I want to acknowledge all the organizations who have provided crucial advertising support over the years that helps us pay the rent and maintain the site—even when they didn’t necessarily love every review. I especially want to thank Karen Fishman, Declan McGovern and Jen More at Music of the Baroque, Amy Iwano at University of Chicago Presents, Patricia Barretto at the Harris Theater, and all our friends at the Grant Park Music Festival, Illinois Philharmonic, Chicago Philharmonic, Newberry Consort, Orion Ensemble, North Shore Chamber Music Festival and the defunct Ars Viva. It’s no exaggeration to say that without all of you, CCR would not have been able to last a decade and still be doing what we do.

Finally, I want to thank CCR’s readers. I don’t think any classical music journalism outlet in the country has a more engaged, passionate, and literate audience. This was made strikingly manifest last month with the huge response generated by my column on the CSO strike. While my refusal to hew to the union’s party line elicited a few nasty comments and emails from CSO musicians, the vast majority of the 121 comments from those who weighed in on both sides were civil, intelligent, knowledgeable and constructive.

Thanks again to all and, hopefully, I’ll be writing a column marking 20 years of CCR in May of 2029.

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9 Responses to “Marking ten years of CCR with a note of gratitude”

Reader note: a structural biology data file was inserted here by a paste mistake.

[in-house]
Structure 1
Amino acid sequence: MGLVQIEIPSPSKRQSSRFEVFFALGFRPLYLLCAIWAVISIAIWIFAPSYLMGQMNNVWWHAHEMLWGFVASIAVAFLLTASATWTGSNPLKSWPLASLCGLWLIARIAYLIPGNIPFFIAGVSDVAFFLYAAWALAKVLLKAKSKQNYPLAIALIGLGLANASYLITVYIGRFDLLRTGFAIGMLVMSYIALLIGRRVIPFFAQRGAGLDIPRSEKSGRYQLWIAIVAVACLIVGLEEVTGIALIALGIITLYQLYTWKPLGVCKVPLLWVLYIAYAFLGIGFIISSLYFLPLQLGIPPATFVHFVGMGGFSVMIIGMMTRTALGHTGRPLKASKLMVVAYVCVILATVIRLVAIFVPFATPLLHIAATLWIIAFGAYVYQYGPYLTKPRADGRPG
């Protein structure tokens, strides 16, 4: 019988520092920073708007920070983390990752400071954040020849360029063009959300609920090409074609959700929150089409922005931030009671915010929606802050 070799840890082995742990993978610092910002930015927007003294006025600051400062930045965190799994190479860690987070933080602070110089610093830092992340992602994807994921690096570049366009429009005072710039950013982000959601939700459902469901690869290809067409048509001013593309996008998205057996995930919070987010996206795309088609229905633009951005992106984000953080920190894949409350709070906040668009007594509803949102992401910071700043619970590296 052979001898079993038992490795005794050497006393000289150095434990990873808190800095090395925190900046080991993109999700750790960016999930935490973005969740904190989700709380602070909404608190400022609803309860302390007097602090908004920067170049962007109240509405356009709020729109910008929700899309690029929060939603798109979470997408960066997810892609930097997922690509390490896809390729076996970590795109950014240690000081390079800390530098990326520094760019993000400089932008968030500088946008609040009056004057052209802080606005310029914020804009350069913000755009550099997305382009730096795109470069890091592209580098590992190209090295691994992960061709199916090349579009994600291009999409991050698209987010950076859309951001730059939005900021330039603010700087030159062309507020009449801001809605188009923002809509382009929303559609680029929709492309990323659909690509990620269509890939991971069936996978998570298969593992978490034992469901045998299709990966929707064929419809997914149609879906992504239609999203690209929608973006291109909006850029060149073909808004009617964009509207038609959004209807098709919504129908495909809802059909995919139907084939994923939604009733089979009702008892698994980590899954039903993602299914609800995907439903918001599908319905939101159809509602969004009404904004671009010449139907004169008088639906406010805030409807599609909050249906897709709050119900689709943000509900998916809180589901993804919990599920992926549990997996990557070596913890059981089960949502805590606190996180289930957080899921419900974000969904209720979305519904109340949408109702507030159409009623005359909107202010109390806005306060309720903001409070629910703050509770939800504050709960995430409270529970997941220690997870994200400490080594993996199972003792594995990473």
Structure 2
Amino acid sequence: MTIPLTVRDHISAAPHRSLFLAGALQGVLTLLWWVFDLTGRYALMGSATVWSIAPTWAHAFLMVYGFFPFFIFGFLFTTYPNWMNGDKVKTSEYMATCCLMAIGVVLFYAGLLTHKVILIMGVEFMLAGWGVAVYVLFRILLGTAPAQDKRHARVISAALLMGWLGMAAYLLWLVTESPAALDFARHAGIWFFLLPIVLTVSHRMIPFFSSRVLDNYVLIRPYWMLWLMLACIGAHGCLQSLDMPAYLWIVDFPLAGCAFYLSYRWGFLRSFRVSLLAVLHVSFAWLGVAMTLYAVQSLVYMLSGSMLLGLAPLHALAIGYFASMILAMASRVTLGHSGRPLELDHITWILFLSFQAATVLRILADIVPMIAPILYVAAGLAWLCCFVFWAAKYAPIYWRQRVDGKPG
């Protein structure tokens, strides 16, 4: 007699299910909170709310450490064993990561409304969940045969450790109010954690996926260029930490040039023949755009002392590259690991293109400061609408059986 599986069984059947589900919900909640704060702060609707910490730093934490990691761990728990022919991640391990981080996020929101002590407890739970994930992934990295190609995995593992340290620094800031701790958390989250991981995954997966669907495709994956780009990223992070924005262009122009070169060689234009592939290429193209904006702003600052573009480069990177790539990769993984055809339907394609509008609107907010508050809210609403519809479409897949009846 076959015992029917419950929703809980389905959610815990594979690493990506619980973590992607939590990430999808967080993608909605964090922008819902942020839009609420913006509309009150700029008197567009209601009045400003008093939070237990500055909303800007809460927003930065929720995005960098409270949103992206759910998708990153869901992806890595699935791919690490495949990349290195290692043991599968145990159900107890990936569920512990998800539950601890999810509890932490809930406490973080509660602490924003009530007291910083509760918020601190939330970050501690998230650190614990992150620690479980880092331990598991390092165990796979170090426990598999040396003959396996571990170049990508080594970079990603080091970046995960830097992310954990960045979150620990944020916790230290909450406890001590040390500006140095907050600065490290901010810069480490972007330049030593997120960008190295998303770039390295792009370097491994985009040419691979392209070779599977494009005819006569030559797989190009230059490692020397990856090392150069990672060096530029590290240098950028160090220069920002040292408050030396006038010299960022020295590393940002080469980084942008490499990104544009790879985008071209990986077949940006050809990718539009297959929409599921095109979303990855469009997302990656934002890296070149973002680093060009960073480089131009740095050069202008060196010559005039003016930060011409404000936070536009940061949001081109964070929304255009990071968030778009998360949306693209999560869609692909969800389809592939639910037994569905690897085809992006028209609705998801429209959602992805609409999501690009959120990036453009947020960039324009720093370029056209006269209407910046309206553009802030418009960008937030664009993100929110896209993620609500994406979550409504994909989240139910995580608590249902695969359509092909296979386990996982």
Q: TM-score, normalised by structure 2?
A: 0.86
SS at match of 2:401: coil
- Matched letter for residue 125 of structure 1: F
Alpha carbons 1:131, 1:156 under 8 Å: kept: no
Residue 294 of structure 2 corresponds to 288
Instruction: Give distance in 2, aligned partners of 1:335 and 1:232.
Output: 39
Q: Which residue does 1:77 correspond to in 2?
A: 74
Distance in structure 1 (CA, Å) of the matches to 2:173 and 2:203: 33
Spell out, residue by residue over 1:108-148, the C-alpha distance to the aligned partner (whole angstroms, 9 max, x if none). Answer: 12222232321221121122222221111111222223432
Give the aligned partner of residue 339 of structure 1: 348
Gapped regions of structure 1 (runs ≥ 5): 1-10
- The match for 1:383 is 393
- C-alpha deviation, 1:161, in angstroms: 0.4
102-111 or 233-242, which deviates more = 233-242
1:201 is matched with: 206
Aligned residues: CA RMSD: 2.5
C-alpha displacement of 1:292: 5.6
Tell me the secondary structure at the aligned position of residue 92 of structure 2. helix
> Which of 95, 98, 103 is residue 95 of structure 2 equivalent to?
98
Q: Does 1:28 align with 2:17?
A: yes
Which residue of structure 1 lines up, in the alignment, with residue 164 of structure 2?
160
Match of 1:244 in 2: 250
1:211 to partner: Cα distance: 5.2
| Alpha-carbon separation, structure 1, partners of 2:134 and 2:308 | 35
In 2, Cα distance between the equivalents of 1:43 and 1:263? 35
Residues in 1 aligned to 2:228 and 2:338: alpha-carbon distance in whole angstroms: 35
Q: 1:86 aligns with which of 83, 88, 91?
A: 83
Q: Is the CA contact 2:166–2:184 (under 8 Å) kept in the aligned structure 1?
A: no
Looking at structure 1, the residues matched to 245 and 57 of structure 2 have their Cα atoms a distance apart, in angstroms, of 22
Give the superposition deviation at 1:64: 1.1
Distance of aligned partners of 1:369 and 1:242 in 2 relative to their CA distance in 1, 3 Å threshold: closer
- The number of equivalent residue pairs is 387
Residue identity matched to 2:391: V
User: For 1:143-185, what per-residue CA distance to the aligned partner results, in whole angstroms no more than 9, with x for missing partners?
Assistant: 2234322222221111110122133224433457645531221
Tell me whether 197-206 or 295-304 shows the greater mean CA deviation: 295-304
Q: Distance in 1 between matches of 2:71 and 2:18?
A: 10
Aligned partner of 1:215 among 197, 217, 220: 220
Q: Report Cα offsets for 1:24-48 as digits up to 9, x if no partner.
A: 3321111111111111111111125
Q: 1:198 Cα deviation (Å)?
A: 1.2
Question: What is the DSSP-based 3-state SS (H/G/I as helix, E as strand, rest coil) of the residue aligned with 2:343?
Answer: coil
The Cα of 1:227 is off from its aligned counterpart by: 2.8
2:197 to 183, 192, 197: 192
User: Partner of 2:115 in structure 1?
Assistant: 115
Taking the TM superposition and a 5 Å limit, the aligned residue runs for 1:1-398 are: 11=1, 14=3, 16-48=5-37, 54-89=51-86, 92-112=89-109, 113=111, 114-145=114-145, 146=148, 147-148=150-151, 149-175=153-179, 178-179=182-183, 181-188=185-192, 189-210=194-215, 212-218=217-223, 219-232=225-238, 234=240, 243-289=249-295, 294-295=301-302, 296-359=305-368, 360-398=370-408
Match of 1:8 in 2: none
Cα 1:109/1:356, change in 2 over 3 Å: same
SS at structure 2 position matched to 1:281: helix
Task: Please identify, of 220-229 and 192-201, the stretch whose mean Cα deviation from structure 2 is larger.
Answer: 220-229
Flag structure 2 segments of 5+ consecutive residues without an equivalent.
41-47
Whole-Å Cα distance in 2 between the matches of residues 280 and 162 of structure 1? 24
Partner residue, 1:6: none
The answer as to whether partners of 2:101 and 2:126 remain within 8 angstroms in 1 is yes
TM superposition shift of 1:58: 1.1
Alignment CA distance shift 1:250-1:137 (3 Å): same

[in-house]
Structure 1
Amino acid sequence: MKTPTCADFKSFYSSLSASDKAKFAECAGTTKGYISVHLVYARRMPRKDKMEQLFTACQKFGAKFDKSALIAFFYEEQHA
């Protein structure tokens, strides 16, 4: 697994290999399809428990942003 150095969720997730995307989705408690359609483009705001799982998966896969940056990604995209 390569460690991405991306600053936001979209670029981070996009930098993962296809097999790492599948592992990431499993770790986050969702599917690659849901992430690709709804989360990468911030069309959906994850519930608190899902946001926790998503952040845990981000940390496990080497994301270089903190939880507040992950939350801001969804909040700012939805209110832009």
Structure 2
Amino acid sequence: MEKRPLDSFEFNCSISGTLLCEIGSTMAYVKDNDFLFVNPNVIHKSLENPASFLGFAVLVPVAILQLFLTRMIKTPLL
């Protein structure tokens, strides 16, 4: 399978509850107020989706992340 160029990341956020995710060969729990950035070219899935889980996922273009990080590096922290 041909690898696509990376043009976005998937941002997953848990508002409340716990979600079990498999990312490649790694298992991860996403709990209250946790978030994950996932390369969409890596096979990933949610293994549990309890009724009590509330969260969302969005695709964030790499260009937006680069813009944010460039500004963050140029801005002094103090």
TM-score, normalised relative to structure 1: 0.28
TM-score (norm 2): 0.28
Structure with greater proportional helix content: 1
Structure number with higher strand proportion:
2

1. Posted May 08, 2019 at 4:56 pm by Jill Chukerman

    Congratulations, Larry, and thanks for all your support of chamber music and other non-large musical organizations in Chicago! I just shared this on Orion’s Facebook page.

  2. Posted May 08, 2019 at 7:26 pm by Florence Diehl

    The gratitude is ours.

    Here’s to ten more, Larry.

  3. Posted May 08, 2019 at 9:52 pm by Anne-Marie

    Congratulations, Mr. Johnson, from an avid follower of your very well-written, honest, intelligent, and enlightening reviews. Here’s a toast to many more years of engaging CCR columns!

  4. Posted May 08, 2019 at 10:58 pm by Benson

    Thank you Lawrence. CCR is an absolutely indispensable resource for Chicago music lovers!

  5. Posted May 08, 2019 at 11:00 pm by Bruce Tammen

    I am grateful that you pay such attention to us smaller fish. It means a lot to us!

  6. Posted May 10, 2019 at 2:44 pm by Charles Brown, III

    Dear Mr. Johnson,

    I just moved to Chicago in February and became aware of your publication. I read it several times per week. As the recently-retained Composer in Residence for the Lake County Symphony Orchestra (LCSO), I very much value your focus on reviewing lesser-known musical ensembles in the Chicago area.

    I join the LCSO in wishing you many more years of success. Your work is a tremendous contribution to the Chicago arts community.

    – CB3

  7. Posted May 11, 2019 at 2:11 am by Gerry A

    Well Done Lawrence.

  8. Posted Jun 02, 2019 at 9:53 am by Henry & Ellen Criz

    Congratulations on this important milestone! It’s a pleasure to come to this site for reviews, and to have occasional discussions at the CSO.

  9. Posted Jul 06, 2019 at 4:51 pm by Jonathan Levine

    Even 10 years ago your work was informative, interesting, and well-written. It is now the premier website of its kind for Chicago and is the only address that is absolutely essential reading for anyone interested in Chicago’s classical music scene.